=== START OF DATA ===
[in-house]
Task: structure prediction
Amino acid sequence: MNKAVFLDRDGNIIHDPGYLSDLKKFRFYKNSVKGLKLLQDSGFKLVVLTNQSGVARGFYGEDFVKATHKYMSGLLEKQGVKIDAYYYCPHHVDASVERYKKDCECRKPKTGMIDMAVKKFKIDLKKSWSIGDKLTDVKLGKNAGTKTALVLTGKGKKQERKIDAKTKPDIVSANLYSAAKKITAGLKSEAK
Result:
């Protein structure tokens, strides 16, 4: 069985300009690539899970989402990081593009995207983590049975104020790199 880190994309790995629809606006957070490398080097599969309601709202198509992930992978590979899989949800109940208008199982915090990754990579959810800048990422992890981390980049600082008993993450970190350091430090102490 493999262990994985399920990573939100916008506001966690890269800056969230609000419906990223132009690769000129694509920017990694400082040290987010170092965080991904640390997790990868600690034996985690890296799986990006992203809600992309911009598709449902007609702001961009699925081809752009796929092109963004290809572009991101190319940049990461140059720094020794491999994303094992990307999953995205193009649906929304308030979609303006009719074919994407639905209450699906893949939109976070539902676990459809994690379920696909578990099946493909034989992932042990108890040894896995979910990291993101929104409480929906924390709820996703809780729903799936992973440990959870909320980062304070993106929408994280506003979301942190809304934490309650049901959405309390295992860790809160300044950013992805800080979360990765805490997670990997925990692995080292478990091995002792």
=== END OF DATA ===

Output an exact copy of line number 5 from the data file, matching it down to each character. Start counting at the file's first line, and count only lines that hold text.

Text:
């Protein structure tokens, strides 16, 4: 069985300009690539899970989402990081593009995207983590049975104020790199 880190994309790995629809606006957070490398080097599969309601709202198509992930992978590979899989949800109940208008199982915090990754990579959810800048990422992890981390980049600082008993993450970190350091430090102490 493999262990994985399920990573939100916008506001966690890269800056969230609000419906990223132009690769000129694509920017990694400082040290987010170092965080991904640390997790990868600690034996985690890296799986990006992203809600992309911009598709449902007609702001961009699925081809752009796929092109963004290809572009991101190319940049990461140059720094020794491999994303094992990307999953995205193009649906929304308030979609303006009719074919994407639905209450699906893949939109976070539902676990459809994690379920696909578990099946493909034989992932042990108890040894896995979910990291993101929104409480929906924390709820996703809780729903799936992973440990959870909320980062304070993106929408994280506003979301942190809304934490309650049901959405309390295992860790809160300044950013992805800080979360990765805490997670990997925990692995080292478990091995002792």